Mr ALBANESE (Grayndler) (18:07): I rise to oppose this legislation, the Fair Work (Registered Organisations) Amendment (Ensuring Integrity) Bill 2017. It was American novelist Norman Mailer who said:
Obsession is the single most wasteful human activity, because with an obsession you keep coming back and back and back to the same question and never get an answer.
That’s exactly what sits at the heart of this legislation—the coalition’s obsession with undermining trade unions at any cost, a distraction for a government that has lost its way, a government obsessed with obliterating collective bargaining, with eroding human dignity and hurting working families by subjecting workplaces to the law of the jungle.
This bill is presented in the guise of improving productivity and cracking down on illegality. But the bottom line, now and throughout Australia’s history, is that the conservative forces just don’t like unions. They just don’t respect the fact that working people, due to the nature of the workplace and the power imbalance that is inherent in production, join together to bargain with employers. Their antipathy for unions is so extreme, though, that it blinds them to just a bit of common sense, and it blinds them to community standards. Even at a time when we have declining real wages and declining living standards, which have been recognised by the Reserve Bank of Australia and by the business community as a handbrake on economic growth, we have a government that is determined to drive those wages and conditions down further. This is the sort of ideology that brought Work Choices to the parliament of Australia on the first occasion on which those opposite had the numbers in both houses. And, with that Work Choices legislation, they destroyed themselves. It should give them pause. They should think back to how clever they thought they were when that Work Choices legislation, with its Orwellian name, passed the House of Representatives and the Senate. It led to their demise as a government. It led to division in Australian workplaces and in the Australian community. In the same way, they’re waging a war against penalty rates. They seem completely oblivious to the fact that so many families in their electorates rely upon penalty rates to pay their mortgages, to pay school fees for their kids, to put food on the kitchen table and to pay for the essentials of life. They don’t get it.
This legislation is just another example of their obsessive attacks on the trade union movement and its very existence. It purports to impose upon registered organisations and their officials the same level of accountability that applies to company directors. But it doesn’t do that. It goes much further than that. It even goes beyond the recommendations of the Heydon royal commission, it goes beyond the government’s undertakings in the last election campaign and it contravenes the International Labour Organization’s convention 87—the Freedom of Association and Protection of the Right to Organise Convention of 1948. But they just can’t help themselves.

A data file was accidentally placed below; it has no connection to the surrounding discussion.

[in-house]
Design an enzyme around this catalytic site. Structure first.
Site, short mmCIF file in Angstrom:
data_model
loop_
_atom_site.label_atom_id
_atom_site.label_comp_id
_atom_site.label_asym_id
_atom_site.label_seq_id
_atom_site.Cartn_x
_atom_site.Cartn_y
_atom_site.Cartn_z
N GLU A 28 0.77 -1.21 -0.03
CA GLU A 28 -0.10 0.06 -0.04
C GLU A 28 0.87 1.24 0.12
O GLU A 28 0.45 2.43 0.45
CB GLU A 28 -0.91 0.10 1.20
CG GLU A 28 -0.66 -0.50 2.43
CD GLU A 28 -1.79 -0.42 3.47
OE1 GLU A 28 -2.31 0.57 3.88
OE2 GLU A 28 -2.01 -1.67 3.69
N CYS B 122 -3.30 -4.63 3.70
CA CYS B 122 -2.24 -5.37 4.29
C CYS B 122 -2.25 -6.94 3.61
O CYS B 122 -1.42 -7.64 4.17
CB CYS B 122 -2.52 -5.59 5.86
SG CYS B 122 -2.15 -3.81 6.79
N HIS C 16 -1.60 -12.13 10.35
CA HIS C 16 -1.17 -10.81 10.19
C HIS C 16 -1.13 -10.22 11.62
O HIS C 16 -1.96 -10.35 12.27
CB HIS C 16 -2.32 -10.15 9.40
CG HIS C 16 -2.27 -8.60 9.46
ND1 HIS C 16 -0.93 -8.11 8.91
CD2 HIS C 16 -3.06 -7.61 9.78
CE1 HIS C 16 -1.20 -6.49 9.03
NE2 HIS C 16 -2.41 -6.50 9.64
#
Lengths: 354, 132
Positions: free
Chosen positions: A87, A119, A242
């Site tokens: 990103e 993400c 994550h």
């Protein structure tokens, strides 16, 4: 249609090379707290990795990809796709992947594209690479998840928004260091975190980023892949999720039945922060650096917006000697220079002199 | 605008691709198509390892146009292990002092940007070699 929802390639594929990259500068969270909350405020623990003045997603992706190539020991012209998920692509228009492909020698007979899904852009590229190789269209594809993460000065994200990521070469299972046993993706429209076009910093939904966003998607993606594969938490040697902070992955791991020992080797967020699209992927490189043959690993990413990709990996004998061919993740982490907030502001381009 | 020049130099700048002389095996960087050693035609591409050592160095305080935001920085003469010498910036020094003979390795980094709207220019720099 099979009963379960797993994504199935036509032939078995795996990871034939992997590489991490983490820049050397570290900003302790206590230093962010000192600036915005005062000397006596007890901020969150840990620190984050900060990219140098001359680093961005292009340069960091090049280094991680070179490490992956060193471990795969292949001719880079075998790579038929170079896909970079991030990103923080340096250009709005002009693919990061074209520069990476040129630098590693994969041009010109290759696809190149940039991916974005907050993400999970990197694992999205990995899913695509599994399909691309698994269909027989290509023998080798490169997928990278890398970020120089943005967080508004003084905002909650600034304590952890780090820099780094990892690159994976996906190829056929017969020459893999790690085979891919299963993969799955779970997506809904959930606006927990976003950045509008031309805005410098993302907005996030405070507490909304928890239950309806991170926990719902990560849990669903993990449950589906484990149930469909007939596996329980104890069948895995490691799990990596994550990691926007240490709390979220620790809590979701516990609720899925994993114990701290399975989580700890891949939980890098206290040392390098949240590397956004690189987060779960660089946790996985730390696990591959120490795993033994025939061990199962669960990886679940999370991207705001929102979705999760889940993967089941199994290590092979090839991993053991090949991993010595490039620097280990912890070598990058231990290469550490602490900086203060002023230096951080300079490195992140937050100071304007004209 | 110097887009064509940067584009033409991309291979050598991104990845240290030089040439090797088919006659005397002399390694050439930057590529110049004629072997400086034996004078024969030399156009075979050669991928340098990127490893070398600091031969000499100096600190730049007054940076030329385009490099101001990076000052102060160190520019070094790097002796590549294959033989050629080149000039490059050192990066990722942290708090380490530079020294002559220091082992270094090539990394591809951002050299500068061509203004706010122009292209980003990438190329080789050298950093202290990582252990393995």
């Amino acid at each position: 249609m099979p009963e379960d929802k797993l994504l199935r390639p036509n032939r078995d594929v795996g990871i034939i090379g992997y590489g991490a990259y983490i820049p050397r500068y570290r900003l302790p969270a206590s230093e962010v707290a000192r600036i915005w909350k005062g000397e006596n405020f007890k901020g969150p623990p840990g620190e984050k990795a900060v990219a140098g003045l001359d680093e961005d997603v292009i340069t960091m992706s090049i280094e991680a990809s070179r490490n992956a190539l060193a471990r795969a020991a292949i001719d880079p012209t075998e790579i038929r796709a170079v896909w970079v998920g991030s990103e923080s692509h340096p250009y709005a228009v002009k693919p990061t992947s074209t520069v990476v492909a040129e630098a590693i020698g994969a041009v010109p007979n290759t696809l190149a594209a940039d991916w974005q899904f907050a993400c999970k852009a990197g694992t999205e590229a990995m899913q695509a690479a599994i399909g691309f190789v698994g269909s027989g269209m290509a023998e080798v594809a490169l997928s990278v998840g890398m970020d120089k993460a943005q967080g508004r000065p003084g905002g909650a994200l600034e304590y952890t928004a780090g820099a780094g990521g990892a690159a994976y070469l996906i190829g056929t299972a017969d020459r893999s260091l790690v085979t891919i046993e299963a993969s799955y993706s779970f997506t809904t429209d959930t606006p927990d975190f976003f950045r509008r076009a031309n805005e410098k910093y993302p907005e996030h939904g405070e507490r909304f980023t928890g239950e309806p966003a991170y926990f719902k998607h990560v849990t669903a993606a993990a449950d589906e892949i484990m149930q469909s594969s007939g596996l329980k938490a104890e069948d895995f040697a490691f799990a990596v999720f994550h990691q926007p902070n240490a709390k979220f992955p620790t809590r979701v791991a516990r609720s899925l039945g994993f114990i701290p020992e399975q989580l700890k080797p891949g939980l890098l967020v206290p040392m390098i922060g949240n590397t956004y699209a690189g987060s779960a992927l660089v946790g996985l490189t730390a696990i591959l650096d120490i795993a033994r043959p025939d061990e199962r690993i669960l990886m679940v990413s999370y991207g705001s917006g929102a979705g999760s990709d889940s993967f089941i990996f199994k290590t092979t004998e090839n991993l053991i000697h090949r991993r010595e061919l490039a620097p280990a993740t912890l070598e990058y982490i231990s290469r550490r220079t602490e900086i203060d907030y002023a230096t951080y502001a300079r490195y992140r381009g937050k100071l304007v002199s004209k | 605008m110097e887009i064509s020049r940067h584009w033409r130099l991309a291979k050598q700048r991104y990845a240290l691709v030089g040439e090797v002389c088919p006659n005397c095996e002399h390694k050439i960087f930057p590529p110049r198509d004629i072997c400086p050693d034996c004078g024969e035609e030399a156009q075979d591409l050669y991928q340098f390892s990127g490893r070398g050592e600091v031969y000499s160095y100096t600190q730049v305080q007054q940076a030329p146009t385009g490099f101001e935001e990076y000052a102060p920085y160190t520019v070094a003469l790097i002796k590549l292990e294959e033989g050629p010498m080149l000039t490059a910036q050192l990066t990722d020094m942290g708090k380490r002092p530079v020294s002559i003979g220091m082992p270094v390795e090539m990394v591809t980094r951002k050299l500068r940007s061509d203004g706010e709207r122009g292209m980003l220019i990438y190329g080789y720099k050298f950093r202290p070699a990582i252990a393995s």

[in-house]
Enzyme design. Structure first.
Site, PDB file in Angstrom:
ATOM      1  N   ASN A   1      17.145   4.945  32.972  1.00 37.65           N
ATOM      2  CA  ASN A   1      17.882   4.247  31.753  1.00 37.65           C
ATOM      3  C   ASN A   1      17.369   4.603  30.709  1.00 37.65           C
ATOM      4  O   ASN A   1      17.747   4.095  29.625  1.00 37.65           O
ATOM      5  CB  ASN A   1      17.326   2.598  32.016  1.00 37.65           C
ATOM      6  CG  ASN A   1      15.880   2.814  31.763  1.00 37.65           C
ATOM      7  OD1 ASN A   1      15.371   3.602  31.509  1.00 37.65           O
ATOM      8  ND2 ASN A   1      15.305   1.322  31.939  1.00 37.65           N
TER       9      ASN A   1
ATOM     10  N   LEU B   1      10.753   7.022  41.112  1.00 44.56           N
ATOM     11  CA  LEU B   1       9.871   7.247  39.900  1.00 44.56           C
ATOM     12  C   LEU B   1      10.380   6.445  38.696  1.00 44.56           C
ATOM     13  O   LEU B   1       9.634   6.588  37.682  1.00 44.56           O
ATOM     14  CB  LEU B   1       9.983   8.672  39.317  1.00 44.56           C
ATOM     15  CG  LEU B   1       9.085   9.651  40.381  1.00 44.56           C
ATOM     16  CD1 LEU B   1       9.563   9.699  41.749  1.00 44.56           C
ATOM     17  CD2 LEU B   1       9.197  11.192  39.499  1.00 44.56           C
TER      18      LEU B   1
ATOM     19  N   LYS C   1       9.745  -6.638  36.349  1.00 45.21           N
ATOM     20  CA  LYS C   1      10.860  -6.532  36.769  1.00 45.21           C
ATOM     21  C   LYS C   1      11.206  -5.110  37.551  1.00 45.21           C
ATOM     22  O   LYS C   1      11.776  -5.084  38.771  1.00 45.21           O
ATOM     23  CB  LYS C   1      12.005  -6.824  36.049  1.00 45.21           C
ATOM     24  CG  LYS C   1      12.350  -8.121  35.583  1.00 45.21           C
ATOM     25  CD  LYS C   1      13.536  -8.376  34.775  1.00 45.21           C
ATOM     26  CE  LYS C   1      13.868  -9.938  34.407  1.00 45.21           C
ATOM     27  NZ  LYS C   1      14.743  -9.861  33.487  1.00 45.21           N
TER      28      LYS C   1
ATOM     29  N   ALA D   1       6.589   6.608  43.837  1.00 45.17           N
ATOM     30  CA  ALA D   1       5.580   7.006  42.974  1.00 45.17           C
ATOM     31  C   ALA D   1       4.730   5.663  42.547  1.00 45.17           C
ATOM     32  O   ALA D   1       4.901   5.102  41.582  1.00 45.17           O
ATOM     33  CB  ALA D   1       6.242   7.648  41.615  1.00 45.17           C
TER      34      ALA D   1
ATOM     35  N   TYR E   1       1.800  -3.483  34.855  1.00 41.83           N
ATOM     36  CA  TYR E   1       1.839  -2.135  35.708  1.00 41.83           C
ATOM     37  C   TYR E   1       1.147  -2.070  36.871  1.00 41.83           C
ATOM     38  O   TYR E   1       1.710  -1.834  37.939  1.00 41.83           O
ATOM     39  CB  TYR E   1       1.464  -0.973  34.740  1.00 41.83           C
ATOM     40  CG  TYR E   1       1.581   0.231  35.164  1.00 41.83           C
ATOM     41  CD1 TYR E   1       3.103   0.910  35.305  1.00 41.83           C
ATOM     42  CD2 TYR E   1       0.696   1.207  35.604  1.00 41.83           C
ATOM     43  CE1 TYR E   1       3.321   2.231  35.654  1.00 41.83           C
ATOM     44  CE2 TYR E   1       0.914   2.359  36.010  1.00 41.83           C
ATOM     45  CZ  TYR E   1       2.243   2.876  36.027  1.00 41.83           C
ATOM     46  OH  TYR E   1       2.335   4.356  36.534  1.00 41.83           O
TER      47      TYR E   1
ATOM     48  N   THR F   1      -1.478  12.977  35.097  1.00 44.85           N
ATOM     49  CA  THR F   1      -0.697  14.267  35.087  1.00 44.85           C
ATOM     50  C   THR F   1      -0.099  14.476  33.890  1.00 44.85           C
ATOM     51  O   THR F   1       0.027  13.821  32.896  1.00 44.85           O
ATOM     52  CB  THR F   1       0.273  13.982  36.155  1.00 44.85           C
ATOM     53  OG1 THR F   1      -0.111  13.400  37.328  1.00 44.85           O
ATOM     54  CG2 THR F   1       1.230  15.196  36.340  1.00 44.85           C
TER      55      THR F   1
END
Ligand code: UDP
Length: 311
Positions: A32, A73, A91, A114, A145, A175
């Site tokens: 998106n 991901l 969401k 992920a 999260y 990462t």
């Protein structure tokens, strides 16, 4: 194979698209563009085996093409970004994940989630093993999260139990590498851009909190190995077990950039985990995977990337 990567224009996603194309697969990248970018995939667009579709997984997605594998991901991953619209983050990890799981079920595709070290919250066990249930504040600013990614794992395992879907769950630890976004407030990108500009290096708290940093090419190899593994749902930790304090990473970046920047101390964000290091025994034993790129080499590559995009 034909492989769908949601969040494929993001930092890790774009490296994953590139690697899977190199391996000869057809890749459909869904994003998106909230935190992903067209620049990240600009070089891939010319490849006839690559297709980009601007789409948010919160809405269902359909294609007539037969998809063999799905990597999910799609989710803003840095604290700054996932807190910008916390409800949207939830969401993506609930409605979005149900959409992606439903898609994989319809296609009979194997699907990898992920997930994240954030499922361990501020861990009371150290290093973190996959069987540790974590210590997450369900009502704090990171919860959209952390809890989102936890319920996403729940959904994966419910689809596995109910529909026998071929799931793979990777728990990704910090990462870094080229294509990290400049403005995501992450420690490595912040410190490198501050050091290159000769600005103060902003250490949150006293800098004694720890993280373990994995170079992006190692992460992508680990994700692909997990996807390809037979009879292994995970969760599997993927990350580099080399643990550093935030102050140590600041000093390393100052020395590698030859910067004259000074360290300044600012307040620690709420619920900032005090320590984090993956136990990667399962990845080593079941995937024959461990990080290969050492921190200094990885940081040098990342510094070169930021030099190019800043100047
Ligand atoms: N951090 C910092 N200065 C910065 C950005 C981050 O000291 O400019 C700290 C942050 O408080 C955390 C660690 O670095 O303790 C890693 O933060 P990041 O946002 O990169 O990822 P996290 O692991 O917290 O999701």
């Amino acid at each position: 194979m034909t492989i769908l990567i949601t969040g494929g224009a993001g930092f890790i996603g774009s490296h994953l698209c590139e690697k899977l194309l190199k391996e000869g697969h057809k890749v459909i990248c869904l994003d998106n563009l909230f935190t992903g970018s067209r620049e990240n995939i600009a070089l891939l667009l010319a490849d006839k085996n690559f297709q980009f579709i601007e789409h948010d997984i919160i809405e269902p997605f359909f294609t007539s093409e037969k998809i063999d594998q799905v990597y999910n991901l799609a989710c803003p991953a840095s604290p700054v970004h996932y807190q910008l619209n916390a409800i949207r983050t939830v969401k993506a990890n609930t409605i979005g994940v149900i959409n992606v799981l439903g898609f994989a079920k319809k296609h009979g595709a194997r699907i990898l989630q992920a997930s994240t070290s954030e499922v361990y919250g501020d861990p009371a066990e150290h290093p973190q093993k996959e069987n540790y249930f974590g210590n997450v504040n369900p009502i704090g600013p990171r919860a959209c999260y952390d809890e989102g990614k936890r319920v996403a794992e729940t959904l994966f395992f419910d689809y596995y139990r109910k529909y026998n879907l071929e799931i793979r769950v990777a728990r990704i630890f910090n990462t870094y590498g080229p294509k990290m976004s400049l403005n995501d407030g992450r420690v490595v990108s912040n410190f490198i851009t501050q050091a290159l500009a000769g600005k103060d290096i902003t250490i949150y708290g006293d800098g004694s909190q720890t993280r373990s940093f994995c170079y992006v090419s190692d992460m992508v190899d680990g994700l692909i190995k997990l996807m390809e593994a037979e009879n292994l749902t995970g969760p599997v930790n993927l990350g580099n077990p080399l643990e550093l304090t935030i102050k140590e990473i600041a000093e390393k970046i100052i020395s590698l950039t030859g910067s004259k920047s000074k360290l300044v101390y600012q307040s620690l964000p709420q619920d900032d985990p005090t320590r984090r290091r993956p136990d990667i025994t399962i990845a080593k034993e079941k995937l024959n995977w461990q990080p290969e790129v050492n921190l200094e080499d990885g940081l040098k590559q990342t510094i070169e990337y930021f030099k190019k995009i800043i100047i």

Our nation faces a range of serious challenges that require government attention. Many of them could be the subject of cross-party consensus in the national interest, not the least of which delivering on infrastructure that builds jobs and creates economic growth. We could be using our time usefully working together on such matters. But what we have over and over again from this government are attacks on working people, attacks aimed at undermining the trade union movement, attacks which are ideological and attacks which are against the fair go that Australians hold dear.
In general terms, this bill seeks to increase accountability measures for registered organisations and their office holders, including making it easier to deregister them. It also imposes a new public interest test on proposed union mergers. I’ve got no problem at all with people who break the law or act inappropriately being prosecuted, as they should be. But my overriding concern is that deregistering trade unions because of inappropriate behaviour by a single official attacks union members who have nothing to do with that bad behaviour. The fact is that it is a punitive approach. It’s short-sighted. It’s the equivalent of deregistering a company because one of its directors broke the law rather than simply prosecuting the director. Take the various corporate scandals that have occurred, not the least of which were in the banking sector recently. No-one’s proposing that those companies be declared illegal and wound up because of the fact that some of our major financial institutions have been financing activities that are completely illegal. Wrongdoing by one official does not justify the denial of industrial representation for an entire workforce.